Absolutely The Best of Cajun and Zydeco Vol 2.
"New Orleans got their thing,” Terrance Simien tells me one night from his home in Louisiana, deep in the bayou, “and we've got ours. It's totally different stuff. Not to say it's so different that you can't get off from doing it, but it's a different world.”
A different world, but only 120
miles away as the pelican flies. New Orleans’ isolation made the city an incubator of indigenous sounds, spawning ground of funk and jazz. The bayou is even more remote. For centuries, people could only get around it by boat. Their whole culture reflects and revels in this seclusion. It grew an almost
inbred alteration on the culture of Acadian French Canada over 300 years ago.
Their language evolved into a hybrid of French. The music grew out of the gavottes they brought with them out of
Acadia, played on button accordions and washboards. It stayed that way until
the middle of the 20th Century, influencing everyone who settled among them, like the escaped and freed slaves who made up the area’s Creole population. This album celebrates that
music, and how it evolved during the latter half of the 20th
In the 1900s, the world started to
change for the Acadians. Bridges and highways made inroads into the bayou. Two
world wars took many young Creoles and Acadians out of the bayous and into the
wider world. Oil and gas companies started to drill locally, employing both the
Acadian and Anglo populations. Radio, then television, came to the bayou,
bringing all sorts of outside influences. The Louisiana government started to
pressure the French speaking Acadians to get in synch with the rest of the
country, starting in 1916 by making it mandatory to teach school in English.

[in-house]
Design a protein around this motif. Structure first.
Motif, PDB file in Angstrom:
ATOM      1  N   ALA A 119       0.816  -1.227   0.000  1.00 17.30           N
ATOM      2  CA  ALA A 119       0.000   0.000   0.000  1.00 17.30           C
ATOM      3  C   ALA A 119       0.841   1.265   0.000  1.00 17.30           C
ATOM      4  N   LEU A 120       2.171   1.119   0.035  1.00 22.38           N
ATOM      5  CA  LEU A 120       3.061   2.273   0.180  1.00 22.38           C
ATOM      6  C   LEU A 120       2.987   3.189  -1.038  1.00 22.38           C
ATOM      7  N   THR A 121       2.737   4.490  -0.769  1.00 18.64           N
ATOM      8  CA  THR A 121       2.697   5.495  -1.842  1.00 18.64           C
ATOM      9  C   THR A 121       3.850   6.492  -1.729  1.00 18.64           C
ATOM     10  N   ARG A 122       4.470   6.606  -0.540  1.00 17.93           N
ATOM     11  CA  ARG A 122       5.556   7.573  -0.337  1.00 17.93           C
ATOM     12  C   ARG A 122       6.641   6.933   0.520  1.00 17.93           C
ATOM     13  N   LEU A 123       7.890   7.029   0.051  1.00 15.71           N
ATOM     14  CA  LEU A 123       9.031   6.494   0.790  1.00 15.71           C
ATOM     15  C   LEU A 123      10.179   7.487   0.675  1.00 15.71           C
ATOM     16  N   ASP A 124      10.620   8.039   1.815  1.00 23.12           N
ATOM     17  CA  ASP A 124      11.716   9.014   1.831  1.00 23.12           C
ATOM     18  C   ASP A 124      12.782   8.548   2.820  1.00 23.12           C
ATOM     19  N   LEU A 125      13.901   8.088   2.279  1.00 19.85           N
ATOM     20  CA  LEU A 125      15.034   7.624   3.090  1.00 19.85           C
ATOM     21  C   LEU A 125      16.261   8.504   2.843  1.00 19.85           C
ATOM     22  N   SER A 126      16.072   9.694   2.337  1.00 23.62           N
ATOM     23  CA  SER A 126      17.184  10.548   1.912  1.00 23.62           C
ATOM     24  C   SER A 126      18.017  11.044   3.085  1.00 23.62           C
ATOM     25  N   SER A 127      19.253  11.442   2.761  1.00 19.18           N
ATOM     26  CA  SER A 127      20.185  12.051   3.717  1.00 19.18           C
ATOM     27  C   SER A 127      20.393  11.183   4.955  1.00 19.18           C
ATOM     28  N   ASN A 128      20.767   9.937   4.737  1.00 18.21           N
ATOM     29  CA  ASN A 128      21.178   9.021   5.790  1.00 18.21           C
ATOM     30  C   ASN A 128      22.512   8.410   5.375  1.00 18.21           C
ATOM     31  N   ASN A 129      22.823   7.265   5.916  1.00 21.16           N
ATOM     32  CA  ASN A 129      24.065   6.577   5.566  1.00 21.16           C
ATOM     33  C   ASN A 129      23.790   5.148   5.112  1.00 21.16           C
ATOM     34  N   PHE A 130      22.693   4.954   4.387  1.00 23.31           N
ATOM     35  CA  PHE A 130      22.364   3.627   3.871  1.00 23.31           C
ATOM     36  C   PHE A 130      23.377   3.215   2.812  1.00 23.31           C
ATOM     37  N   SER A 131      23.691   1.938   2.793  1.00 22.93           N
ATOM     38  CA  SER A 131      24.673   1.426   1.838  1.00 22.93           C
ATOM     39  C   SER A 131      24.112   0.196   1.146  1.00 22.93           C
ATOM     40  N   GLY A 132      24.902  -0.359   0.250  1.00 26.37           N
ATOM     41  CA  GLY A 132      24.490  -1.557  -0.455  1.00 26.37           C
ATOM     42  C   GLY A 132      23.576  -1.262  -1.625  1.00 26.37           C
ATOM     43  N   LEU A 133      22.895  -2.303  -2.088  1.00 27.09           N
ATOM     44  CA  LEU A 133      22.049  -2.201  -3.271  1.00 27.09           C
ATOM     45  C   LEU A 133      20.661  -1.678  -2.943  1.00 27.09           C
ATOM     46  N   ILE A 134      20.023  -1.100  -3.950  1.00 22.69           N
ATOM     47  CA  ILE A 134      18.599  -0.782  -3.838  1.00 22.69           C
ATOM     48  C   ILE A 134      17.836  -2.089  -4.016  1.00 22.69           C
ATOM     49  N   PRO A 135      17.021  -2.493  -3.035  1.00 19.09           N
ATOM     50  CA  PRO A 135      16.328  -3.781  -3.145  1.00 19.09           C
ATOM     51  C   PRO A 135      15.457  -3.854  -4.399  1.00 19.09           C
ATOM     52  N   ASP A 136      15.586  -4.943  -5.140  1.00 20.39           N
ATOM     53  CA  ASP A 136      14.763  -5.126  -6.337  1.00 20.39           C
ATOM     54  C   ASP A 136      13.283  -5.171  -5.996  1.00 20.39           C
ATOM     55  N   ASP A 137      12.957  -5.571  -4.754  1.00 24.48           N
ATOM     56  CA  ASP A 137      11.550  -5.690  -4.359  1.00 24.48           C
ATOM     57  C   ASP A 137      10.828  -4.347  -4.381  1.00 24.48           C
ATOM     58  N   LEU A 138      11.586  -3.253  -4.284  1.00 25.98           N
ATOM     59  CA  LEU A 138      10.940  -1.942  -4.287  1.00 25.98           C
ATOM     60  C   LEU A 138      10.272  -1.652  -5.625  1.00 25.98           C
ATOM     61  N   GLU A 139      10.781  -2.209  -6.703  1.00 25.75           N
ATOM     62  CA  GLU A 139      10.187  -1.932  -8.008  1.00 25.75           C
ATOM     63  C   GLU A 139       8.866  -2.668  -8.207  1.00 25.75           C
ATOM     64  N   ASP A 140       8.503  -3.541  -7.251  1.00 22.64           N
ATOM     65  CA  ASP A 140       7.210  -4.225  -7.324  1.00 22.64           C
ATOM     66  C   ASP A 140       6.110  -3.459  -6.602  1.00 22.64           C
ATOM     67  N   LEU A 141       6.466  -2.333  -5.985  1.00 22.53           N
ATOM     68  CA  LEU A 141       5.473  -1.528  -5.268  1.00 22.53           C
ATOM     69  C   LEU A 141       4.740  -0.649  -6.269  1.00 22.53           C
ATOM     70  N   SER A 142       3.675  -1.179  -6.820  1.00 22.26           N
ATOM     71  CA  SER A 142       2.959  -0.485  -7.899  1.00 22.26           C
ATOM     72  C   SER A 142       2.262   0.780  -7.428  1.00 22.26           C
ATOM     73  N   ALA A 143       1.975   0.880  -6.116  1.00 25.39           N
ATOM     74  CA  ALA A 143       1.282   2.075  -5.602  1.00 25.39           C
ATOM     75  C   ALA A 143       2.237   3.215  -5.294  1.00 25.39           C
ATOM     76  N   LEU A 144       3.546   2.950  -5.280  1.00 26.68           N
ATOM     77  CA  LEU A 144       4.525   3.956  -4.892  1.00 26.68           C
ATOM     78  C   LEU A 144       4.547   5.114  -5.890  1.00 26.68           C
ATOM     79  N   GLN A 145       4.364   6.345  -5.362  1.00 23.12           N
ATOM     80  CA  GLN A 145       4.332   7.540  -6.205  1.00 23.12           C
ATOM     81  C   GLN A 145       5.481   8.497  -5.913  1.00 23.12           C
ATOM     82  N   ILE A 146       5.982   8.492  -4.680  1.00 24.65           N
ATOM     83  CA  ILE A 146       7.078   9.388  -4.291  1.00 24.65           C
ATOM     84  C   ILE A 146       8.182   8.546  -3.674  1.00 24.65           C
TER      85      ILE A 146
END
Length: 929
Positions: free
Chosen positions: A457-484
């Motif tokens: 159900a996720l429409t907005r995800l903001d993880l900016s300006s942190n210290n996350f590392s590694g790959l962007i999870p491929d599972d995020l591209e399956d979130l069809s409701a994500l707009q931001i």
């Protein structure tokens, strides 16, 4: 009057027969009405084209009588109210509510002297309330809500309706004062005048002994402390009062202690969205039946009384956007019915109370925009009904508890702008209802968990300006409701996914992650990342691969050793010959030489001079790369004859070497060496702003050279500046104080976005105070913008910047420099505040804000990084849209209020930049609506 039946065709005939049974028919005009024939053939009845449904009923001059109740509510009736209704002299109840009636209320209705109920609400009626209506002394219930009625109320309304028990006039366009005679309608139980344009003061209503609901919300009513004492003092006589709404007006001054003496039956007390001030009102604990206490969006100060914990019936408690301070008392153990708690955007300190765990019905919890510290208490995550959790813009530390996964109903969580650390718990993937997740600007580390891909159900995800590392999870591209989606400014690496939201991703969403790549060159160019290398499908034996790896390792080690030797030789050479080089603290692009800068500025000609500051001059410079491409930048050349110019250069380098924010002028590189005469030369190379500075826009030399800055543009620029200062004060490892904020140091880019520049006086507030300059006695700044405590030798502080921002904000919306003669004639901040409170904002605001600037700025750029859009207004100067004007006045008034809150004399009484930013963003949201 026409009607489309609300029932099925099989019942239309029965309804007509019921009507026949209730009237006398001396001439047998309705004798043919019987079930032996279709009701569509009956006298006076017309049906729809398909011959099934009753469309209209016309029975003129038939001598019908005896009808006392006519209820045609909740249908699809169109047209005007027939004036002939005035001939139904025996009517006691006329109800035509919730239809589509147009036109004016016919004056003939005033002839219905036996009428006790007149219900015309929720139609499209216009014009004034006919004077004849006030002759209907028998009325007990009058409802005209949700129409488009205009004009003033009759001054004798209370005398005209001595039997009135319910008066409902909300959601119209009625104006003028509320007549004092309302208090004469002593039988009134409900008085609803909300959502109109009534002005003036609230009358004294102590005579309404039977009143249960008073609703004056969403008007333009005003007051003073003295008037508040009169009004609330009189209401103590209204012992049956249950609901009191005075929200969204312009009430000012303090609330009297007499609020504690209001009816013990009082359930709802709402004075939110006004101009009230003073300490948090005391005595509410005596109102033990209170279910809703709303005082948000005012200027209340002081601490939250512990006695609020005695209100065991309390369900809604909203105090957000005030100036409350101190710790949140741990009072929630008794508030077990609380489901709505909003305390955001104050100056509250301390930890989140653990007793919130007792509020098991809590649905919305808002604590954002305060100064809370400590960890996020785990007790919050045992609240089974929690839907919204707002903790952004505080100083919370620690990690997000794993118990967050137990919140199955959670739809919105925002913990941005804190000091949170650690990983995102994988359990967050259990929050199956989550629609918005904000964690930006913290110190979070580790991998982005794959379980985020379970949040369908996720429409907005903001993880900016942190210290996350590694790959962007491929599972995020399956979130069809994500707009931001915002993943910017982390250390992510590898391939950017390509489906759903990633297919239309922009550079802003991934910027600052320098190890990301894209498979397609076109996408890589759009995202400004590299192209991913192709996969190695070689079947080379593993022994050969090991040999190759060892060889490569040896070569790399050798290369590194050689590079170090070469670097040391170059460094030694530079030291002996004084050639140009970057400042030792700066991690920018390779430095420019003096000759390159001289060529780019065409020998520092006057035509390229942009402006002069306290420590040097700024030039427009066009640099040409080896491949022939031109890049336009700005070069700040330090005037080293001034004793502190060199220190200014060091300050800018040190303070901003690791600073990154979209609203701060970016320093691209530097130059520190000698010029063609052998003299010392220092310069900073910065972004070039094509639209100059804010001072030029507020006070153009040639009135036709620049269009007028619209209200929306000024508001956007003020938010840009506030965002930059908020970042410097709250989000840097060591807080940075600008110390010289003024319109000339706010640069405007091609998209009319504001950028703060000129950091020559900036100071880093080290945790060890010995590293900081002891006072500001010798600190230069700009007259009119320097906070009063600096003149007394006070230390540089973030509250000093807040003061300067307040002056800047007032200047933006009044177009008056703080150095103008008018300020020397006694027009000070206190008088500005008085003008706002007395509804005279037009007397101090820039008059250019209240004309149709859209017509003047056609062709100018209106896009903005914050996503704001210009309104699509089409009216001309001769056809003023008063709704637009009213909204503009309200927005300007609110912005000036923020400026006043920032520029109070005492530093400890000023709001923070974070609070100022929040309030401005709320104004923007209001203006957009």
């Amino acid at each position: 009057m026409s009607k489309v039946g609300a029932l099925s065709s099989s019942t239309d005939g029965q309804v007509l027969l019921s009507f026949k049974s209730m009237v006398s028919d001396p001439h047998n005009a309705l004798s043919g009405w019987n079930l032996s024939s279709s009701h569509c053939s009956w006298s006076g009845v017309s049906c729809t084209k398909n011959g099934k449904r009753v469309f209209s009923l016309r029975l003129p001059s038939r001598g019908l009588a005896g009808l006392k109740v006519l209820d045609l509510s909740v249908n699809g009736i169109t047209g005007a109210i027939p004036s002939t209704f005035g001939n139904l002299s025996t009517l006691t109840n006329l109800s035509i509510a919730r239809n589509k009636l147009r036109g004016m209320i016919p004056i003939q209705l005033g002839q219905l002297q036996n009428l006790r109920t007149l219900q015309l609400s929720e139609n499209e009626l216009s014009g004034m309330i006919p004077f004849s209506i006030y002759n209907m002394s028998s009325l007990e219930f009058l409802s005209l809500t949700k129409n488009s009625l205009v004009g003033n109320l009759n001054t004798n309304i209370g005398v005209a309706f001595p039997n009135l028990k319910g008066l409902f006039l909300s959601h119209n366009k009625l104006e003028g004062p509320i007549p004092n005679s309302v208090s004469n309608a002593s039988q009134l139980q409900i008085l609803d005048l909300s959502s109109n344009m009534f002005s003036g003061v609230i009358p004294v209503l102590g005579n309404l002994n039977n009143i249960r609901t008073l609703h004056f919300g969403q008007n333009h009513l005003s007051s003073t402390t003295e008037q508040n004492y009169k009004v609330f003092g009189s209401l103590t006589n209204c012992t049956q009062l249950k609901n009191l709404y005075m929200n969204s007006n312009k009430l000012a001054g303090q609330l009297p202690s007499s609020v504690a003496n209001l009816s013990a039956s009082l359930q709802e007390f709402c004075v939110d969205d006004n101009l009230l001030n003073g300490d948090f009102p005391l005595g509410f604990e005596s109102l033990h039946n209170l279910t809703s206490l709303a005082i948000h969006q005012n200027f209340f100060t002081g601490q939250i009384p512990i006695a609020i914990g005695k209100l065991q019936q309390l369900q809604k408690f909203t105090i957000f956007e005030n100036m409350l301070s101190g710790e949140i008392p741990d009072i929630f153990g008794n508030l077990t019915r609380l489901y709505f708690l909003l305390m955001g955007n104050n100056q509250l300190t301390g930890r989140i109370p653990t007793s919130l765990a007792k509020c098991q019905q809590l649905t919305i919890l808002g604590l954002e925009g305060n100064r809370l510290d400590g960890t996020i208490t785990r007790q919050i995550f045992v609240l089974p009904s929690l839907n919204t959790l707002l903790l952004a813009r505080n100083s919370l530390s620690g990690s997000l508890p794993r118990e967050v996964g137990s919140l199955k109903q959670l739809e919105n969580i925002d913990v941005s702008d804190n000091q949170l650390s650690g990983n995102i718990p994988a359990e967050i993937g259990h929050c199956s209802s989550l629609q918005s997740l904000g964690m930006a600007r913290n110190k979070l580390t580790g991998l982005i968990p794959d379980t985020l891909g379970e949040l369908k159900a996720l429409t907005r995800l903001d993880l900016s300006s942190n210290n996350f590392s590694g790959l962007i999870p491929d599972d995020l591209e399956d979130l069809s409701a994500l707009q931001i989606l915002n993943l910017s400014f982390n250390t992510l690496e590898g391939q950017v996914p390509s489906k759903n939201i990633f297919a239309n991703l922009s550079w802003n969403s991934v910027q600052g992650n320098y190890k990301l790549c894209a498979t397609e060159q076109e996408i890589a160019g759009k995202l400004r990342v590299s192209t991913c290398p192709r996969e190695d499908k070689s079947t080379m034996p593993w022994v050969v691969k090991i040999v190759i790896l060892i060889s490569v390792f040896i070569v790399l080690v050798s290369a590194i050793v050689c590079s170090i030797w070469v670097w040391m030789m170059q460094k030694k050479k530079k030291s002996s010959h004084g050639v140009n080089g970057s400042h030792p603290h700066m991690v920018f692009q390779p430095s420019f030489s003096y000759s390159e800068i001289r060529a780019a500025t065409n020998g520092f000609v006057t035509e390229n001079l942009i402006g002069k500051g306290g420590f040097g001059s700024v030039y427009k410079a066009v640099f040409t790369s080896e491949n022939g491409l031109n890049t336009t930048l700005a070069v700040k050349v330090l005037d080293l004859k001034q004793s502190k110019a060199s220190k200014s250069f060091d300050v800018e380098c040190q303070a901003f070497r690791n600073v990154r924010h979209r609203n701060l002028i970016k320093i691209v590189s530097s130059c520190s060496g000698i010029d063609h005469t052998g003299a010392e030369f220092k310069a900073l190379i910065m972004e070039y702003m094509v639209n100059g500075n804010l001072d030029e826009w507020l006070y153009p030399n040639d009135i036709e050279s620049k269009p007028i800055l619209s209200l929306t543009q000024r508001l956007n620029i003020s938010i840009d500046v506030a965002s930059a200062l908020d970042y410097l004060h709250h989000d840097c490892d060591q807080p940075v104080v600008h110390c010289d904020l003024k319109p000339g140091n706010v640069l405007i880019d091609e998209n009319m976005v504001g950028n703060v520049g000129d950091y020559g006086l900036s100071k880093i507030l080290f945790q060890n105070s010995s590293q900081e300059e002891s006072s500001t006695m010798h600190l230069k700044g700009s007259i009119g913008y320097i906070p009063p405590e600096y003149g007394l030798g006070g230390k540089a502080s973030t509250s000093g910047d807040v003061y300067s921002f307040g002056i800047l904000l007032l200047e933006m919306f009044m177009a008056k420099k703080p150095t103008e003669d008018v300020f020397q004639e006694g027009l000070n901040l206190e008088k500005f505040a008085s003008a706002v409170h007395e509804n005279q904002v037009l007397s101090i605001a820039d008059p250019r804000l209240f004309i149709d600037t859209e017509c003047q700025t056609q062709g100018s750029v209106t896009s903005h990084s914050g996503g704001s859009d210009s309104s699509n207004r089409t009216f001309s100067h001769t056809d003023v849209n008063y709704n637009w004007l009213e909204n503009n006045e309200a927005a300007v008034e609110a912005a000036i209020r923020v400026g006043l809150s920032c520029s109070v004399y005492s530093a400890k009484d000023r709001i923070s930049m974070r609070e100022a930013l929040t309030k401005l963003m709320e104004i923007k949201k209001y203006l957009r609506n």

The local non-Cajun or Creole population had always looked at their francophone
neighbors with disdain, and it had begun to wear on the Cajun people to the
point where many were abandoning the culture. As some Acadians started to
assimilate, others reacted against giving up their culture, many using the
lingua franca of the world, music.
By the early 1950s, artists like Vin
Bruce and Aldus Rogers were recording Cajun music for labels like
Columbia. Jimmy C. Newman (the C stands for Cajun) became a top country artist and member of the Grand ol’ Opry who went from slipping in a little of his people’s music here and there to alternating between working at the Opry and recording straight ahead Cajun albums. Here, Newman sings “Jolie Blon,” wryly called the Cajun national anthem. Bruce does a take on it, too, with “Hey Jolie.” Rogers cuts to the music’s roots with the “Lafayette Two-Step.”
The two-step is the dance of both Cajun and it’s bluesier Creole cousin Zydeco. In the 60s and 70s, the people playing this music became more vocal about their Acadian roots, some by retreating to the bunker to preserve those roots (literally in the case of Marc and Anne Savoy). Others celebrated the music by bringing it out into the wider world and fusing it with more popular genres. Cleveland Crochet and The Hillbilly Ramblers became the first Cajun band to reach the Billboard Hot 100 with the song “Sugar Bee,” presented here. Cookie and the Cupcakes became a purveyor of “Swamp Pop” in the late 50s, sending the tune “Mathilda” into the top 50.